Researchers at the University of East Anglia and the Global Carbon Project, which seeks to quantify global carbon emissions and their causes, have warned that to limit global warming to 1.5 degrees Celsius, emissions have to be slashed 50 percent by 2030 and reach zero around 2050.

But the Katowice meeting fell short of endorsing a report by the Intergovernmental Panel on Climate Change on the devastating effects of even a 1.5-degree-Celsius rise in global warming and instead, merely welcomed the "timely completion" of the report.

This demonstrated that some nations have not woken up to the urgency of the report. COP24 failed to spur a greater desire to cut emissions sufficiently, Dong said. While it showed undoubted progress in the global response to climate change, still greater efforts are needed from all countries to effectively combat climate change.

While the adoption of the guideline is a landmark, decisions on some few key issues were postponed to next year due to divisions between different countries. These include how to create a carbon credit market and distribute the funding from developed countries to help developing countries better adapt to climate challenges.

China's role

China, with its unique geographical location and stage of development, was at the forefront of the challenging negotiations during the conference, Zhang said. It served as a bridge to promote negotiations between developing countries and developed countries on some key issues.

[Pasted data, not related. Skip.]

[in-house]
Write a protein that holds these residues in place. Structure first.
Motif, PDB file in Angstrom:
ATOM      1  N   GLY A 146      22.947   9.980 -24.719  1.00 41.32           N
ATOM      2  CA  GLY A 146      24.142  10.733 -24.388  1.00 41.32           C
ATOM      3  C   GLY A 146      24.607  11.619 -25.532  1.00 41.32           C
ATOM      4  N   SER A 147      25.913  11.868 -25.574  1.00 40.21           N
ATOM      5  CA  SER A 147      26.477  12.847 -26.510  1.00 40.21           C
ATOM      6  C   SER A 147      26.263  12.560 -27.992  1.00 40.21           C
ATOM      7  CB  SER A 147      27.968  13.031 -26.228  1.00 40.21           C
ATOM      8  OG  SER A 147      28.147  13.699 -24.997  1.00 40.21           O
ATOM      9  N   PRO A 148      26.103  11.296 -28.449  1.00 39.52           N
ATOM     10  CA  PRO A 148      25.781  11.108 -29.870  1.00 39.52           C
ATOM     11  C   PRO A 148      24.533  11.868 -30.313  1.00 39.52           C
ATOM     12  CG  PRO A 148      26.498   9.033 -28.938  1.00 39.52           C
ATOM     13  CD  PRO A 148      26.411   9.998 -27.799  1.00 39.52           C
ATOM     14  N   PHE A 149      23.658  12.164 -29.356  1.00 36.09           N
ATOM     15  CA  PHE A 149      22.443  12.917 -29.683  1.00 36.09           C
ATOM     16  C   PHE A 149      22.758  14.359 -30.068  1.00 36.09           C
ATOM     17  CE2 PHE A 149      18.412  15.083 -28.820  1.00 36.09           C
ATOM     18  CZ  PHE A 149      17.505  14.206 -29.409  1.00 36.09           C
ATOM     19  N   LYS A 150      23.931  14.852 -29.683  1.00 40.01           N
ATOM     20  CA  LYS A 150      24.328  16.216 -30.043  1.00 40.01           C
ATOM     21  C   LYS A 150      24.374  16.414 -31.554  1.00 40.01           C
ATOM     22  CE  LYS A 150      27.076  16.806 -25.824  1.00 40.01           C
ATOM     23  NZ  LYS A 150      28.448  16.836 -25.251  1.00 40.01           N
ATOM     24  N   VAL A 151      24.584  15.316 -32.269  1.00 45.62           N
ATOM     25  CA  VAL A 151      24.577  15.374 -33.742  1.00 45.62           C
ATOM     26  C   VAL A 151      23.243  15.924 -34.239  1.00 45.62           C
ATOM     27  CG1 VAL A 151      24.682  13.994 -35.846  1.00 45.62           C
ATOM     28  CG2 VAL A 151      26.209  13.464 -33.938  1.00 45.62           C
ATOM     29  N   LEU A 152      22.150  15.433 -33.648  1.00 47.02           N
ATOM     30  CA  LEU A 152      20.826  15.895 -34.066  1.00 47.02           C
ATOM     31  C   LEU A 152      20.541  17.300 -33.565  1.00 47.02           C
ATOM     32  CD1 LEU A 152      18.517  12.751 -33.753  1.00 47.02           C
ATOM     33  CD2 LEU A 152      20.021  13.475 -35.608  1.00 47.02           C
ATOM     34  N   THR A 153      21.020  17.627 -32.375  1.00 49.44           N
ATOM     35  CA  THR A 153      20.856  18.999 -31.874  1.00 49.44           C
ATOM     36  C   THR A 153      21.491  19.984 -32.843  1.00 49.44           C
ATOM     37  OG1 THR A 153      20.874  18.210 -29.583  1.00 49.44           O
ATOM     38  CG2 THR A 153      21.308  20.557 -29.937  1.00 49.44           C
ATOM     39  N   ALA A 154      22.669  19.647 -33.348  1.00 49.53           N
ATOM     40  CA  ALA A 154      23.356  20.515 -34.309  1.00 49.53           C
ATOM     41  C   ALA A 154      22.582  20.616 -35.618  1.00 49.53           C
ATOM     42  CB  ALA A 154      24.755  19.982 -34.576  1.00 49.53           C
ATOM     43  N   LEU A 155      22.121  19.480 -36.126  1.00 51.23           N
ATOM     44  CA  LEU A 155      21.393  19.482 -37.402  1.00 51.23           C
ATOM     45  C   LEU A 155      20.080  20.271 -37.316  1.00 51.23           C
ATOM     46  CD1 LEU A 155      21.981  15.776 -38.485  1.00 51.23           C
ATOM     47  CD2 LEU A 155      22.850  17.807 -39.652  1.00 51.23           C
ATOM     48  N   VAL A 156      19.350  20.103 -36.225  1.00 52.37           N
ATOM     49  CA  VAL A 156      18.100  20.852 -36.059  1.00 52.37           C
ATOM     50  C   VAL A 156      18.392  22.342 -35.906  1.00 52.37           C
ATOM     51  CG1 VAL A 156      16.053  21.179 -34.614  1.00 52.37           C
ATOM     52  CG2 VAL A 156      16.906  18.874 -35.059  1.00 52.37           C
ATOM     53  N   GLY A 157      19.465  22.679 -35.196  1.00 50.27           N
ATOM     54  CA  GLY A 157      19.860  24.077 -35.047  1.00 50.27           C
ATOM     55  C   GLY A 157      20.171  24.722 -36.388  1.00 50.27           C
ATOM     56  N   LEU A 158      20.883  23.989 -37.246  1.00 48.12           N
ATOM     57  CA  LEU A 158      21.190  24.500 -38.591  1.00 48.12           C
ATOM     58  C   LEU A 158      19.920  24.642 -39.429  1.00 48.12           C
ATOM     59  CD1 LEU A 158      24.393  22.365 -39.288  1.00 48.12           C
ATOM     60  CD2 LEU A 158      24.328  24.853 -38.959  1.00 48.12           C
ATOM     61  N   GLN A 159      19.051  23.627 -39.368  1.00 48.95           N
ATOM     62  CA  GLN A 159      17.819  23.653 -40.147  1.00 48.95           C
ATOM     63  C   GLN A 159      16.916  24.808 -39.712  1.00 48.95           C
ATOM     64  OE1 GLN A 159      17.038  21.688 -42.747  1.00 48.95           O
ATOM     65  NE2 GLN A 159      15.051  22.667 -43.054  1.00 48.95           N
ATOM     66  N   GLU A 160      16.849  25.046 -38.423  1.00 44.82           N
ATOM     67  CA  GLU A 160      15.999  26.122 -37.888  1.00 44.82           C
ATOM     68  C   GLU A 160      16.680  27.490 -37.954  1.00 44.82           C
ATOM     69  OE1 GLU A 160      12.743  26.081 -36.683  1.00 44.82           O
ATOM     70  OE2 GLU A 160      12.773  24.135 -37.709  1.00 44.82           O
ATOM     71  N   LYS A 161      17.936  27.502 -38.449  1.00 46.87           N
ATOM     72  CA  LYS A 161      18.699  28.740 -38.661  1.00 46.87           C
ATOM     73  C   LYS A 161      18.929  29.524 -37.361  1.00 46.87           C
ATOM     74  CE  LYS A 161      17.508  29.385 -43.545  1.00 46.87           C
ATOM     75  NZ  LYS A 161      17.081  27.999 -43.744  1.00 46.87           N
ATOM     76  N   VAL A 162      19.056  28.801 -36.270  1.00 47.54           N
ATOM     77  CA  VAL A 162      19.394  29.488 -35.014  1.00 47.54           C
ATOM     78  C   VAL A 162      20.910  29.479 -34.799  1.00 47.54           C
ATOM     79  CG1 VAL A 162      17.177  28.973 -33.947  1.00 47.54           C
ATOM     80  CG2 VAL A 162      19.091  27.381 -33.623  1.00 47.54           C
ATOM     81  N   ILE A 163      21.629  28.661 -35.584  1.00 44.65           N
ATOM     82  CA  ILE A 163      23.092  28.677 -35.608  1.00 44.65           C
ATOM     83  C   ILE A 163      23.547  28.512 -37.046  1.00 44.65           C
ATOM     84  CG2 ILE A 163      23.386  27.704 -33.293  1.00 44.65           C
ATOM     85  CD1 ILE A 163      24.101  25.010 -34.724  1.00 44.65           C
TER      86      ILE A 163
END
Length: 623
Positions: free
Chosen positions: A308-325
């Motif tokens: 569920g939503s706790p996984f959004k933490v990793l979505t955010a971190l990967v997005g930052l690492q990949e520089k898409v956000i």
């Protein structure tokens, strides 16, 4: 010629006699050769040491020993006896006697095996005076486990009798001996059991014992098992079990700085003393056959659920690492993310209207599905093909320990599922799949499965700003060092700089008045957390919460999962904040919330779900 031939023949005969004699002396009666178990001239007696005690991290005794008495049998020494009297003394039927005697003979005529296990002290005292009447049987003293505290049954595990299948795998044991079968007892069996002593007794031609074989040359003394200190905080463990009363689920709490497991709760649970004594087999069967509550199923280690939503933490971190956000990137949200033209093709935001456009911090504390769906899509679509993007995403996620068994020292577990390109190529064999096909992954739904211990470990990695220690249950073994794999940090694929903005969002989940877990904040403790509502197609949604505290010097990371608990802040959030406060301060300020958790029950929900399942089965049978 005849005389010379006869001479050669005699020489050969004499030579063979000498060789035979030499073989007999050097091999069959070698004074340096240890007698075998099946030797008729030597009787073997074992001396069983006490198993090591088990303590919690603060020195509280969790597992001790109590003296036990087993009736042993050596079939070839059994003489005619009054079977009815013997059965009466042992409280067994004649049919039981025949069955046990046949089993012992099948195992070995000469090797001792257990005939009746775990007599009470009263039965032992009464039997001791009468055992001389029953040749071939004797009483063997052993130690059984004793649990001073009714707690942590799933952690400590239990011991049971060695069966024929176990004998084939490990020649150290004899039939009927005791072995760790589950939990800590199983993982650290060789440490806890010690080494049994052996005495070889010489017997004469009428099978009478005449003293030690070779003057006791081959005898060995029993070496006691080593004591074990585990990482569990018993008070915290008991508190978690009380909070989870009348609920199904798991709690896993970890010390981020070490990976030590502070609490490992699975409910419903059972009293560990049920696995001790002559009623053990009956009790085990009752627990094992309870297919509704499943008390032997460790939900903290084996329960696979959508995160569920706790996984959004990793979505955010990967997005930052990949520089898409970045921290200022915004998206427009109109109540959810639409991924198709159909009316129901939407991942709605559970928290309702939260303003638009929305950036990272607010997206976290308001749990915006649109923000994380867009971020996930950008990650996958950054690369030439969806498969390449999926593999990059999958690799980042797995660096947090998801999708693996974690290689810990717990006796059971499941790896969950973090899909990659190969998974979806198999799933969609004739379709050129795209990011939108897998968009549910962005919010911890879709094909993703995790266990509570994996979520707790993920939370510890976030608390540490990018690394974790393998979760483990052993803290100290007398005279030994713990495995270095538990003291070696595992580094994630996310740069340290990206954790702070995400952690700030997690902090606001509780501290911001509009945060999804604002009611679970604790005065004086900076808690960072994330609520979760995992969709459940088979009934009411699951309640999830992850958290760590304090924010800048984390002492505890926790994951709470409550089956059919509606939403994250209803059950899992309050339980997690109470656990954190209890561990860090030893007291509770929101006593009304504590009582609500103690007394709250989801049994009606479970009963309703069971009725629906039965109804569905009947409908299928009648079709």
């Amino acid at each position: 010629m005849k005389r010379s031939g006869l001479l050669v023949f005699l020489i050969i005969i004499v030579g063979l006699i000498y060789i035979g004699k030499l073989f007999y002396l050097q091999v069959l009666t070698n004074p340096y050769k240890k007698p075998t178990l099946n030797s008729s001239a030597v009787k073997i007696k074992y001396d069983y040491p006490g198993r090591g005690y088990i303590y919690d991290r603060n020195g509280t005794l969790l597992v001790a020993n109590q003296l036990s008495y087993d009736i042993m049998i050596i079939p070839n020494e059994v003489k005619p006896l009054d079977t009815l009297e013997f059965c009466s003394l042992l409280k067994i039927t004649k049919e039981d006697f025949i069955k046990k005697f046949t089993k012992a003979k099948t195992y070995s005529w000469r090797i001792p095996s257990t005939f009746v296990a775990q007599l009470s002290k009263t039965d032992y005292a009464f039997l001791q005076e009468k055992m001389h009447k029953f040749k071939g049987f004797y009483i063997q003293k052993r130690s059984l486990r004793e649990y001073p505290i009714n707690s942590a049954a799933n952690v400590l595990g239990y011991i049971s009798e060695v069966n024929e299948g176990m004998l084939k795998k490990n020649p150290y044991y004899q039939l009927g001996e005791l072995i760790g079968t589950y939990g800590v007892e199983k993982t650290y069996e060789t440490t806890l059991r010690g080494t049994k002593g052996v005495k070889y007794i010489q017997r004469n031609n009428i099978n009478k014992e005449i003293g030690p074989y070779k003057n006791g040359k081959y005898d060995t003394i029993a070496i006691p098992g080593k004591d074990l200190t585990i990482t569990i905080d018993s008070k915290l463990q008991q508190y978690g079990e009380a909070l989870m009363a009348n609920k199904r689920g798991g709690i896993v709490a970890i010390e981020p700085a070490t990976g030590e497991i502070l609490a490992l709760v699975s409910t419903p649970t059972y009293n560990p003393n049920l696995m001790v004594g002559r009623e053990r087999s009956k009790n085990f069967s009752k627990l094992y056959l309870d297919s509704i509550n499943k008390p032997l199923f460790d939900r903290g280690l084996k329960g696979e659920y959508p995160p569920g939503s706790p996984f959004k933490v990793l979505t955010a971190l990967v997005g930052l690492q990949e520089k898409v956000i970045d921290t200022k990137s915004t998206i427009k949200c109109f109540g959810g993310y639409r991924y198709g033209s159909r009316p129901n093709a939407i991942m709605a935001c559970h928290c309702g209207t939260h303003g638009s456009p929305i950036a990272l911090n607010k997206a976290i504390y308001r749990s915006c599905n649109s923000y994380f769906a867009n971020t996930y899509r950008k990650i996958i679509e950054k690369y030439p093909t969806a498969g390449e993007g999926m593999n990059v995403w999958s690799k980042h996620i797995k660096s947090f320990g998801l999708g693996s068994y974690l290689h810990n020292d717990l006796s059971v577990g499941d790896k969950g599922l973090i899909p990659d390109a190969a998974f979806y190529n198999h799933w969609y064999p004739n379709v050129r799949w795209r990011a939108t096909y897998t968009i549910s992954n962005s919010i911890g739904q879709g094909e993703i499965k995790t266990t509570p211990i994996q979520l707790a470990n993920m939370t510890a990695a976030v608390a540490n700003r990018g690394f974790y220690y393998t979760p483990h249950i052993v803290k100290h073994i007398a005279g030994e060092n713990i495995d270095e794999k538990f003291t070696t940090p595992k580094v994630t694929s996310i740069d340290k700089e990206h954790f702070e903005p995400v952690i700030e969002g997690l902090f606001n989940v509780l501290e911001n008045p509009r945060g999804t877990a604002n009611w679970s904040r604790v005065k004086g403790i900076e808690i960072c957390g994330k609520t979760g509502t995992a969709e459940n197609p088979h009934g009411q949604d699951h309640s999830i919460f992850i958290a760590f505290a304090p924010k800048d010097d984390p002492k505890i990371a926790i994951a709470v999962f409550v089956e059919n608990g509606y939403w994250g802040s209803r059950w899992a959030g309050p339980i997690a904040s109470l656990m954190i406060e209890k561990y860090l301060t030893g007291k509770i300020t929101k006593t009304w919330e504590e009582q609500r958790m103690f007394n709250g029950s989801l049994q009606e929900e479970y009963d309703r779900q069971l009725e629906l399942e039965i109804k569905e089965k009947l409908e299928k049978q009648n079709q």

Canada's Minister of Environment and Climate Change Catherine McKenna claimed in interviews that China's role at the negotiating table couldn't be overestimated.

Since 2017, China has been a torchbearer of ecological civilization. Michal Kurtyka, President of COP24, said that with the effective measures it has adopted, China has become an example for other countries amid divisions and uncertainties. Former U.S. Vice President Al Gore has also hailed China's leadership in tackling climate change, saying it is one of the few countries on track to meet its Paris commitment.

In recent years, China has made remarkable efforts and invested a lot to ease pressure on the environment. For instance, to reduce GHG emission, China has encouraged the use of new-energy vehicles (NEVs) by offering tax exemptions and purchase subsidies. It has been the world's largest NEV market for three consecutive years, with some 777,000 NEVs sold in 2017 alone. Sales in the first 10 months of this year jumped 75.6 percent year on year to 860,000 units.

According to Ministry of Ecology and Environment statistics, in 2017 China's carbon dioxide emissions per unit of GDP declined by approximately 46 percent compared to 2005, exceeding the 2020 target of reducing carbon intensity by 40-45 percent. The share of coal in energy consumption in 2017 was 60.4 percent, down 1.6 percent from 2016. Non-fossil energy accounted for 13.8 percent of primary energy consumption, up 0.5 percent compared with 2016. Afforestation and forest protection advanced, enhancing the ability to adapt to climate change.

"With these goals met, a very solid foundation has been laid for meeting the target of halting the increase of carbon dioxide emissions by 2030, and even accomplishing that sooner than planned," Xie Zhenhua, China's special representative for climate change affairs, said ahead of the Katowice conference.

China is well positioned to meet its carbon dioxide emission peaking target by 2030 and will remain steadfast in addressing climate change and implementing the Paris Agreement, Xie said.

Copyedited by Sudeshna Sarkar